‘We also got Paul Wesley and Ian Somerhalder on the show. They, famously, took their roles as  vampire brothers Stefan and Damon Salvatore in The Vampire Diaries as a lunch for their whiskey brand Brothers Bond. These are real whiskey enthusiasts, with plans for their own distillery. It was great to have them talk about their passion.‘Then we were approached by Warner Music in Nashville and wondered if we’d like to speak with Michael Ray. He’s been No 1 in the US with Whiskey and Rain.  So, yes, you bet we would. ‘Just ask. It’s my style. And the whole approach of the programme is unfiltered, fun, non-pretentions.’

As if to underline this point Paul is wearing a T-shirt which says – ‘Shut the f?!k up, we’re doing a podcast.’ The very words spoken by a podcast guest to quell some noisy revellers in the background. Which isn’t to say that the podcast isn’t a professional operation.‘I’ve learned fast how to improve sound quality, how to cut extraneous words from introductions, how to ask the best questions.’There are lots of plans for Series Two this year. But not too many: ‘We’ve got plans through to July. But not beyond that.  We want to always leave the door open. That’s the joy of this world there’s always something new over the horizon we don’t know about  yet. ‘We have some good things in the diary though. We have a charity event in April for Codes of Honour  –  an organisation that helps families of fallen and wounded service personnel. We are great supporters of our military and veterans. ‘We’ve also got tasting festivals in New Orleans and in Colorado. And we have a thing brewing away with Yellowstone – currently one of the biggest shows on US TV.’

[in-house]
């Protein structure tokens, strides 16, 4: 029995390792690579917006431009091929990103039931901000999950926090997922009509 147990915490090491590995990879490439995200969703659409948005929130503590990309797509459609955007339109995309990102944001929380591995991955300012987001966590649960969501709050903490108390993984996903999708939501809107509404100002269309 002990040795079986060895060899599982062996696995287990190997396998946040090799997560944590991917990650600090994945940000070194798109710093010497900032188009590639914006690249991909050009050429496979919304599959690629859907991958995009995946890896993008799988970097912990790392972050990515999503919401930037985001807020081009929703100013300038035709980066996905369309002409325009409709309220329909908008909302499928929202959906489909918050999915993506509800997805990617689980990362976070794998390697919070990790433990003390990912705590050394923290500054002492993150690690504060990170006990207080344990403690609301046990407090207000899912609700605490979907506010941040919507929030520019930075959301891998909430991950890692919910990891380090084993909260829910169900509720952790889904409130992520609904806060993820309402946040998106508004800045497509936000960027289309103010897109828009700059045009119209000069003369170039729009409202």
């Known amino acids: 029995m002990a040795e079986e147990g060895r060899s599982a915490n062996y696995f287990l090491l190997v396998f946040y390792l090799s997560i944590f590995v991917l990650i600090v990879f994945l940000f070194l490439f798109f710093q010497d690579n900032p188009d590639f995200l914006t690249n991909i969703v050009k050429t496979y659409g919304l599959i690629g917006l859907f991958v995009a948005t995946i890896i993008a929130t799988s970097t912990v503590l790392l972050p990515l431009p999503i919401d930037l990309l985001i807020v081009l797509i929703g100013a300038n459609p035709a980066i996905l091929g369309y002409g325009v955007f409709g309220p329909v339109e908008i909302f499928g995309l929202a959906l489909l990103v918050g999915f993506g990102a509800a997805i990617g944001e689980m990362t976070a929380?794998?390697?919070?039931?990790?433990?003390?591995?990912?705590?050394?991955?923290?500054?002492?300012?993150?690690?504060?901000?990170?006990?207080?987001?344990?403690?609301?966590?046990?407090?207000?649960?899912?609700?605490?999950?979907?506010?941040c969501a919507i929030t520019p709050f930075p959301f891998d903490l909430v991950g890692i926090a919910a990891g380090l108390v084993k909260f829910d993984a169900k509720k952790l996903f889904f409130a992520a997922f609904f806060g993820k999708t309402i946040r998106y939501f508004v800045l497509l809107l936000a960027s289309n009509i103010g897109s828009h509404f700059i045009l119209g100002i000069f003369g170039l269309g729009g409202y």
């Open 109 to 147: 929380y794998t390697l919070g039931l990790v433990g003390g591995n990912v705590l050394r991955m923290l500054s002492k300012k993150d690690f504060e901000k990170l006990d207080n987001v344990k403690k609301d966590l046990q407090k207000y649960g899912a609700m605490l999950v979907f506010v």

Not unsurprisingly for someone dedicated to the message that good whisky is for everyone, Paul  has strong views on pricing and controls over stock allocation that distort the market for whiskey in the US. ‘A $1000 bottle is not ten times better than a £100 bottle. I’ve made my own blend for my son for when he’s twenty-one. But that’s to be drunk. And I’ve no argument against collecting and using whisky as an investment. But ultimately it’s there to be drunk.’ 

It’s a debate as old as the hills and Paul and I shoot the breeze for some time about questions of pricing and investment. Personally, I think environmental issues adds another dimension to collecting. Perhaps we are custodians of whiskies that will be very different in the future due to climate change. But Paul returns to his core belief – that whisky is for drinking.  ‘My favourite whiskey ever I probably an Old Elk, sour mash, a limited edition, maybe thirty barrels but it cost $90. It’s not about labels and price tags. ‘Drink, don’t save! In football season we have great tailgate parties. We keep the best bottles for that. To share with our friends. Even the rare ones. I always think about the film of Gray Johnson of Buffalo Trace, he’s maybe third generation with that whiskey. He speaks of drinking a Pappy twenty-year-old with his father and his brother. He made to put the cap back on and his father says: “No stop. There will always be more whiskey; there isn’t always going to be more moments.” Grey goes on to say that within six months the other two were no longer with us. 

‘There will always be more whiskey.’

It’s a good philosophy for a podcast and for life.